What is a Subprime Loan?
A subprime loan is a type of loan offered at a rate above prime to individuals who do not qualify for prime rate loans. Quite often, subprime borrowers have been turned down by traditional lenders because of their low credit ratings or other factors that suggest they have a reasonable chance of defaulting on the debt repayment.
How a Subprime Loan Works
When banks lend each other money in the middle of the night to cover their reserve requirements, they charge each other the prime rate – the interest rate set by the Federal Reserve. Representatives of the Fed meet several times per year to set the prime rate, and from 1947 to 2019, the prime rate has fluctuated from 1.75% to 21.5% to 5.5% (as of January 2019).
As a result, the prime rate plays a large role in determining the interest that banks charge their borrowers. Traditionally, corporations and other financial institutions receive rates equal, or very close to the prime rate. Retail customers with good credit and strong credit histories who take out mortgages, small business loans and car loans receive rates slightly higher than, but based on, the prime rate. Applicants with low credit scores or other risk factors are offered rates by lenders that are significantly higher than the prime rate – hence the term subprime loan.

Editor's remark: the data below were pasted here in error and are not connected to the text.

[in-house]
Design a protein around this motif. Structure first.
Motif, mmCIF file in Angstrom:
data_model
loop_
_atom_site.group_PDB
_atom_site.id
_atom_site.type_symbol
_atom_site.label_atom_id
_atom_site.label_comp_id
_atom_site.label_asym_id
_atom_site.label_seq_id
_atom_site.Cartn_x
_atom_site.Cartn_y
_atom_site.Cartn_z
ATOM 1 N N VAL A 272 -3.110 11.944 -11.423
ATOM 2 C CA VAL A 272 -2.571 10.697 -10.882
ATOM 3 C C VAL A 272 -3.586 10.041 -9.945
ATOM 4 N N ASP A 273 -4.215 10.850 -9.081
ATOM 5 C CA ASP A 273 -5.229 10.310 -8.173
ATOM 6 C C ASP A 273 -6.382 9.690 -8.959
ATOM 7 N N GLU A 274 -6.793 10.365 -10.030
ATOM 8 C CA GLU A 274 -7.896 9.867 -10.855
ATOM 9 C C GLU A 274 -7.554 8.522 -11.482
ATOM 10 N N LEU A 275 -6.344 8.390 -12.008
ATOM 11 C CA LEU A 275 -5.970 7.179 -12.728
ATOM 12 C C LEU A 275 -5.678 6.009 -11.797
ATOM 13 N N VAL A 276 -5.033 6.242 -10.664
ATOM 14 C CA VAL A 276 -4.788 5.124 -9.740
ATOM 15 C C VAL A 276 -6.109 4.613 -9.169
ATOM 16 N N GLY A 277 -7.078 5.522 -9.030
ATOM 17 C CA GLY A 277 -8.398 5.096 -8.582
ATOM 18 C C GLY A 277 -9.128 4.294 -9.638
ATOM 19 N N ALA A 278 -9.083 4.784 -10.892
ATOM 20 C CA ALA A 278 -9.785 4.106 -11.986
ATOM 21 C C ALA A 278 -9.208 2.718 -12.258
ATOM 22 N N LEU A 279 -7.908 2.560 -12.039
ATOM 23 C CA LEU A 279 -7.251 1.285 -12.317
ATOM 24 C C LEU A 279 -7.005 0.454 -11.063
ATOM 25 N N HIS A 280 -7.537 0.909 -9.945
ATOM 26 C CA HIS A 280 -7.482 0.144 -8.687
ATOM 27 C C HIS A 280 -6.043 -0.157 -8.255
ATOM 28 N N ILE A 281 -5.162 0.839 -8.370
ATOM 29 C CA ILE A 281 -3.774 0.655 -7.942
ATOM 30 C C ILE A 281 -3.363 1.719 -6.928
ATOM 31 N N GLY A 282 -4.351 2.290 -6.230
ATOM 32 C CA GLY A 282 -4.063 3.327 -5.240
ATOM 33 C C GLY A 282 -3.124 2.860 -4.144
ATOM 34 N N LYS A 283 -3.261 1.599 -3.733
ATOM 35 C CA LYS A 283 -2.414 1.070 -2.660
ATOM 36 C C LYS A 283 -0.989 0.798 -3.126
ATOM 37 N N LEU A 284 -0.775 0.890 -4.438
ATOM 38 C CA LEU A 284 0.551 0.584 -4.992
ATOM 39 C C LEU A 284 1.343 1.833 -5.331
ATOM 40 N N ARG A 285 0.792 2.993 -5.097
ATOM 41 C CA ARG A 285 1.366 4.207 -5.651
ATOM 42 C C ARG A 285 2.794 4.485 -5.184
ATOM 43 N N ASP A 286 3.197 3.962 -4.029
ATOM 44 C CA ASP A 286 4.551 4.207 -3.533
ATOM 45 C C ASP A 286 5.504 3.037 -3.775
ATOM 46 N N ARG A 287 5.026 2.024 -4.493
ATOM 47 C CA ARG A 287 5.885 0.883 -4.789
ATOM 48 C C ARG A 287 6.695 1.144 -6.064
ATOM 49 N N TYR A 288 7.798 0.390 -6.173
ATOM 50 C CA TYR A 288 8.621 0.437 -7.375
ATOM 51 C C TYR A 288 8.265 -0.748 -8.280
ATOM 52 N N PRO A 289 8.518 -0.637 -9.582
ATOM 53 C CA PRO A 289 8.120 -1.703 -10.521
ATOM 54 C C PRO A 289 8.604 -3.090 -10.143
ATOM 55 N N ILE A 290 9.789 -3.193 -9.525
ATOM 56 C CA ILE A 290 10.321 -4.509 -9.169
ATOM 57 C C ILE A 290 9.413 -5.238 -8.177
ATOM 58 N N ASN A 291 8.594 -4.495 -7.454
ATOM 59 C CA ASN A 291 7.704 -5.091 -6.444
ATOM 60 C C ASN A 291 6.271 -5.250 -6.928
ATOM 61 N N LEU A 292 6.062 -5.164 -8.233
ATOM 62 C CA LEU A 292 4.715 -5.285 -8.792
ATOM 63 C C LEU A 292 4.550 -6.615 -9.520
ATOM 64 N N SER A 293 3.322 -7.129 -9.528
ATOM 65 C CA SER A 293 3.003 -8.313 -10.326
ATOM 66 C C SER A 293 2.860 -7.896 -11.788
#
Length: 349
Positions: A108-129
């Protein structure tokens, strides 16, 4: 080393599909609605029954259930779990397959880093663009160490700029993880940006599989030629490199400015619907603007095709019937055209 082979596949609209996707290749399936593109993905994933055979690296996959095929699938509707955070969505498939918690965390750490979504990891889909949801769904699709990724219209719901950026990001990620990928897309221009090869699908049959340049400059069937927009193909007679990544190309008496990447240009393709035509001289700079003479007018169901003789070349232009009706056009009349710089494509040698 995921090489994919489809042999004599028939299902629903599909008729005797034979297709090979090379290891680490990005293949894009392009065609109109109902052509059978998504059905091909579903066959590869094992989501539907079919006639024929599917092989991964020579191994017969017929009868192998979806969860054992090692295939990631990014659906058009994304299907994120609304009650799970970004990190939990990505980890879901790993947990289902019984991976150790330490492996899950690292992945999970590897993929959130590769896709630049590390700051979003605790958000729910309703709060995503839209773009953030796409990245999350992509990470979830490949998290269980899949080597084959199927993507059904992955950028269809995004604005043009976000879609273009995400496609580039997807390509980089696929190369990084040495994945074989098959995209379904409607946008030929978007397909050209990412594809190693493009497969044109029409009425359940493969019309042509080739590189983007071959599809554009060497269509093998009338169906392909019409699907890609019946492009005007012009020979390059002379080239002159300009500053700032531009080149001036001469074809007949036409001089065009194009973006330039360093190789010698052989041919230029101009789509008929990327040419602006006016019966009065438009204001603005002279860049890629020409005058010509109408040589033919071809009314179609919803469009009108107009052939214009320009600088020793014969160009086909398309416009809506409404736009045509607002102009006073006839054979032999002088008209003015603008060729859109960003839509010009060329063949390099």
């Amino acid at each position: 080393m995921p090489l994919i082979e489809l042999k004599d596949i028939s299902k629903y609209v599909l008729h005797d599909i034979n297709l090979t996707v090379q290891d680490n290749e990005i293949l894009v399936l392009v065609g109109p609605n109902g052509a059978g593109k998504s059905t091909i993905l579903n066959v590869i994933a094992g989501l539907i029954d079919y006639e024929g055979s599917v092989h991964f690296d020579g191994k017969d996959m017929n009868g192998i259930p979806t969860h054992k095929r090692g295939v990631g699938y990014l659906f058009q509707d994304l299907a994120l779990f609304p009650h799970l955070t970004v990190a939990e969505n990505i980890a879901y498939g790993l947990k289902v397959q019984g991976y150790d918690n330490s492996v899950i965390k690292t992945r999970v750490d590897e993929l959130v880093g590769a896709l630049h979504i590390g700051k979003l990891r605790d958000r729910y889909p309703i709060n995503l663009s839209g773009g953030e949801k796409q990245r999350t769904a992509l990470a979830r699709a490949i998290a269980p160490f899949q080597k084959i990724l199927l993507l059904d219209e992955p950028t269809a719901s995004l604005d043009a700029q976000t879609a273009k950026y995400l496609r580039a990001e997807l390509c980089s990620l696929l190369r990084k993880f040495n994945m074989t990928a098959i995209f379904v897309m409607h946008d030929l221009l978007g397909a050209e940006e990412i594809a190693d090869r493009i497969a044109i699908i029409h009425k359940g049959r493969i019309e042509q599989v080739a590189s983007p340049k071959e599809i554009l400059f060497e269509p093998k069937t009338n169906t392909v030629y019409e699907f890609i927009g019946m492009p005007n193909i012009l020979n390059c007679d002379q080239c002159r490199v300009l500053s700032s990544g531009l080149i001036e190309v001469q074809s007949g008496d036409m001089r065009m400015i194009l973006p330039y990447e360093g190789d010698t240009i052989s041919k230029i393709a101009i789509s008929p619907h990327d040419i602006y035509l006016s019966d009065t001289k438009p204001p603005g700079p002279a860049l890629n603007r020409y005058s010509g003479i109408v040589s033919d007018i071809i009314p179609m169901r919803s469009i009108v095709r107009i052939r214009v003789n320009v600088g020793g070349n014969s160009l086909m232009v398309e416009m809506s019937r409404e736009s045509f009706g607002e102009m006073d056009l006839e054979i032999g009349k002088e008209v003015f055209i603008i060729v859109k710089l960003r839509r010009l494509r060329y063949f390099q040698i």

The specific amount of interest charged on a subprime loan is not set in stone. Different lenders may not evaluate a borrower's risk in the same manner. This means a subprime loan borrower has an opportunity to save some additional money by shopping around. Still, by definition, all subprime loan rates are higher than the prime rate.
Also, borrowers might accidentally stumble into the subprime loan market by, for example, responding to an advertisement for mortgages when they actually qualify for a better rate than they are offered when they follow up on the ad. Borrowers should always check to see whether they qualify for a better rate than the one they are originally offered.
Special Considerations for Subprime Loans
On large term loans such as mortgages, the additional percentage points of interest often translate to tens of thousands of dollars' worth of extra interest payments over the life of the loan. This can make paying off subprime loans difficult for low-income, subprime loan borrowers as it did in the late 2000s. In 2007, high rates of subprime mortgages began to default, and ultimately this subprime meltdown was a significant contributor to the financial crisis and the ensuing Great Recession.
The higher interest rates on subprime loans can translate into tens of thousands of dollars in additional interest payments over the life of a mortgage.
While any financial institution could offer a loan with subprime rates, there are subprime lenders that focus on loans with high rates. Arguably, these lenders give borrowers who have trouble getting low interest rates the ability to access capital to invest, grow their businesses or buy homes. However, subprime lenders have been accused of predatory lending, which is the practice of giving borrowers loans with unreasonable rates and locking them into debt or increasing their likelihood of defaulting.
However, getting a subprime loan may still be a sensible option if the loan is meant to pay off debts with higher interest rates, such as credit cards, or if the borrower has no other means of obtaining credit.